U.S. Intellectual History Blog

Philip Roth’s Merry Levov as the Return of the Repressed

Philip Roth, aka Nathan Zuckerman

Lately I have been reading Philip Roth novels at night before bed. Although I grew up devouring fiction, I have not been much of a fiction reader since I began graduate school. This shift in my reading habits owes to both utility and taste. As for the former reason, I have come to feel I don’t have enough time to read fiction: there’s simply too much non-fiction—historical, theoretical, political—that must be read in order for me to stay current as a scholar. And to the latter, I have come to almost prefer non-fiction.

But now that I am in the midst of the long march through my manuscript, my brain is simply too tired most nights to read the type of non-fiction I typically consume. Moreover, I have discovered that reading excellent fictional storytelling is inspiration to my own prose. Thus, Philip Roth.

But I must be honest that my turn to Roth novels is not merely escapist. It is rather tinged with scholarly curiosity that was engendered by listening to Michael Kimmage give a fantastic talk at last year’s USIH conference titled, “Philip Roth’s American Tragedy.” The talk was taken from the book Kimmage has coming out this year with Stanford University Press, In History’s Grip: Philip Roth’s Newark Tragedy. If you’d like a preview, I found this article.

Kimmage examines the three books Roth wrote from 1997 to 2000, American Pastoral, I Married a Communist, and The Human Stain. Roth’s alter ego Nathan Zuckerman narrates all three books. And they have much else in common, which is why Kimmage treats them as the “Newark Trilogy” or “Newark Tragedy”:

They constitute a “Newark Trilogy,” because Newark, New Jersey is central to all three novels. Newark is both a place where characters grow up and live a thematic imperative: it is where history begins for the novels’ two Jewish and one African-American protagonists. Each of these protagonists escapes Newark only to find himself in the grip of powerful historical forces. They are thus reduced from powerful men to the playthings of history. In search of emancipation from the past, the heroes of the Newark Trilogy fall into history, and they do so without the protection of a well-defined personal or family history. Looked at together, the Newark Trilogy explores the will to live outside history. By explicating the failure to live outside history, the Newark Trilogy illustrates the mechanics of history itself.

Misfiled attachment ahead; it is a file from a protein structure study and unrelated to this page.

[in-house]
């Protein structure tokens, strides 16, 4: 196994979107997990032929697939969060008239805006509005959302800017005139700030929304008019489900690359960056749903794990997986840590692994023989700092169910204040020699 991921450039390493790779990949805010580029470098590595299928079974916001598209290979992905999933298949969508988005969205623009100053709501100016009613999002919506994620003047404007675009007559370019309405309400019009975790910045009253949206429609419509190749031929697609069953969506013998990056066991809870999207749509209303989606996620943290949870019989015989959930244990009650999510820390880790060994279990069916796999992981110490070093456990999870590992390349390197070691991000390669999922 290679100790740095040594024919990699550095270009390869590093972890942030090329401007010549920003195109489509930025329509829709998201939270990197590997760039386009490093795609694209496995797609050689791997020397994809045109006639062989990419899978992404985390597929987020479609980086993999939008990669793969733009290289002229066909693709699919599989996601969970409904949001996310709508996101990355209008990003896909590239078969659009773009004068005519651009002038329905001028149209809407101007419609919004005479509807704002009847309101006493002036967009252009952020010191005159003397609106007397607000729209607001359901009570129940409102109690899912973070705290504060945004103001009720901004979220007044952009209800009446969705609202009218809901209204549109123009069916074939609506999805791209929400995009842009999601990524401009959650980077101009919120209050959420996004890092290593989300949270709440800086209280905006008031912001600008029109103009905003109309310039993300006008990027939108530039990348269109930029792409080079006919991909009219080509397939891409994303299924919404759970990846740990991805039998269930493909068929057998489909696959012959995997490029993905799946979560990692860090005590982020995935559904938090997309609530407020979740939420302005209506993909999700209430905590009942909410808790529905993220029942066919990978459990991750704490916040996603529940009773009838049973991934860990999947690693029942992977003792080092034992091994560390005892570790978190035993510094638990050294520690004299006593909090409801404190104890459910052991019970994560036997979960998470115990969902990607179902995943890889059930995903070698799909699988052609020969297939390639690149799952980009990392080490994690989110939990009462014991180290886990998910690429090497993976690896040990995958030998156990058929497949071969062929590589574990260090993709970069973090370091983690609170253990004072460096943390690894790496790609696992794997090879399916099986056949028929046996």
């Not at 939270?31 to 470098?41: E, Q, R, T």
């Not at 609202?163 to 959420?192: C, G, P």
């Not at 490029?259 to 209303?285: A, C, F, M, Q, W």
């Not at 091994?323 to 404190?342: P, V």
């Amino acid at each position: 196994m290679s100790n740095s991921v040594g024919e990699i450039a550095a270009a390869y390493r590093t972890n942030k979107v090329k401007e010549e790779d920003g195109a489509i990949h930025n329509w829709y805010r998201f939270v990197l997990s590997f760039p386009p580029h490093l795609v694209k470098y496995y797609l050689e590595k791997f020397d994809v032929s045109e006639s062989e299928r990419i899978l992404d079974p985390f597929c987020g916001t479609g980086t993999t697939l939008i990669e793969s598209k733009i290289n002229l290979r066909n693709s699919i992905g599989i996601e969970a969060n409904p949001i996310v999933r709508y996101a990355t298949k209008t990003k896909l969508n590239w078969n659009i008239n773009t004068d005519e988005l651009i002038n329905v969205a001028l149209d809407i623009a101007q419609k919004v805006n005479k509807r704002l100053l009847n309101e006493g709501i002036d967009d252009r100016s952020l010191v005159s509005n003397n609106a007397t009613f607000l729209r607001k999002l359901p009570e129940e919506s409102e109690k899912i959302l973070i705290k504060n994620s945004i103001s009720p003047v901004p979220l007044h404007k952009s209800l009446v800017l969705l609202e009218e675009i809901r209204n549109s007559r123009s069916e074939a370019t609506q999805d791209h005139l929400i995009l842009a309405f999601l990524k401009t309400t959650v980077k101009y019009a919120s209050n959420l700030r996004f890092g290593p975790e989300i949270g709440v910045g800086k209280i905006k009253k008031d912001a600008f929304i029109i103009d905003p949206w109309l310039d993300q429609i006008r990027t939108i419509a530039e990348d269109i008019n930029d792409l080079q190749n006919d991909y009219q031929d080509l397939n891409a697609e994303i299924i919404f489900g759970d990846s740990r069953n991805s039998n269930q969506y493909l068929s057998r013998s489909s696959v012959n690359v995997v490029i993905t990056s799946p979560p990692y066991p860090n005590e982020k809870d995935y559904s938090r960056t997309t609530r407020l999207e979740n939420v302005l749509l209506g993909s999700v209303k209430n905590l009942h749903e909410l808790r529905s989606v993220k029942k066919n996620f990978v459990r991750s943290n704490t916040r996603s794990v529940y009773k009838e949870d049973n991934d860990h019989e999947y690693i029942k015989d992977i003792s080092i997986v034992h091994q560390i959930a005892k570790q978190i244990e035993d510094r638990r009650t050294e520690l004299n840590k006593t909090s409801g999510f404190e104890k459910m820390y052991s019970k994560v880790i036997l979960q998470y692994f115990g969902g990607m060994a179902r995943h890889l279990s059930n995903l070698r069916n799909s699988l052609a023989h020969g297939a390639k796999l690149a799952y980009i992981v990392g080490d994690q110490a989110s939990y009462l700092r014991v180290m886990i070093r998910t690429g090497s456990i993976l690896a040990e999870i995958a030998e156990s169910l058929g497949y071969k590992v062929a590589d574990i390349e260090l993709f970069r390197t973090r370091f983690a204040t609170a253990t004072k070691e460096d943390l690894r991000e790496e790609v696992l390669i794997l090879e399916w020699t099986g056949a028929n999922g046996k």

I recently completed American Pastoral. I can see why it won the Pulitzer Prize. I assume most of you have read it so I won’t describe the plot in much detail. It’s about Newark Jewish hometown hero Seymour “the Swede” Levov who translates the athletic prowess of his adolescence into success as a businessman, following in his father’s footsteps as a glove manufacturer. Levov moves his wife, the former Miss New Jersey, and his daughter, Merry, to the upscale, mostly Protestant exurb Rimrock. He is living the American Dream. His Thanksgiving dinners, which bring together his Jewish parents and his Catholic in-laws in mutual celebrations of the civil religion, are the American Pastoral. But all of this is disrupted when his daughter Merry becomes militantly antiwar and, at the young age of 16, blows up the Rimrock post office, killing one innocent man. Merry spends the next five years on the run before turning up living on the streets of Newark, a converted Jain whom the Swede determines is mentally ill.

In the midst of writing the chapters of my book on the sixties, I found Roth’s historical allusions compelling. This, of course, is Kimmage’s point: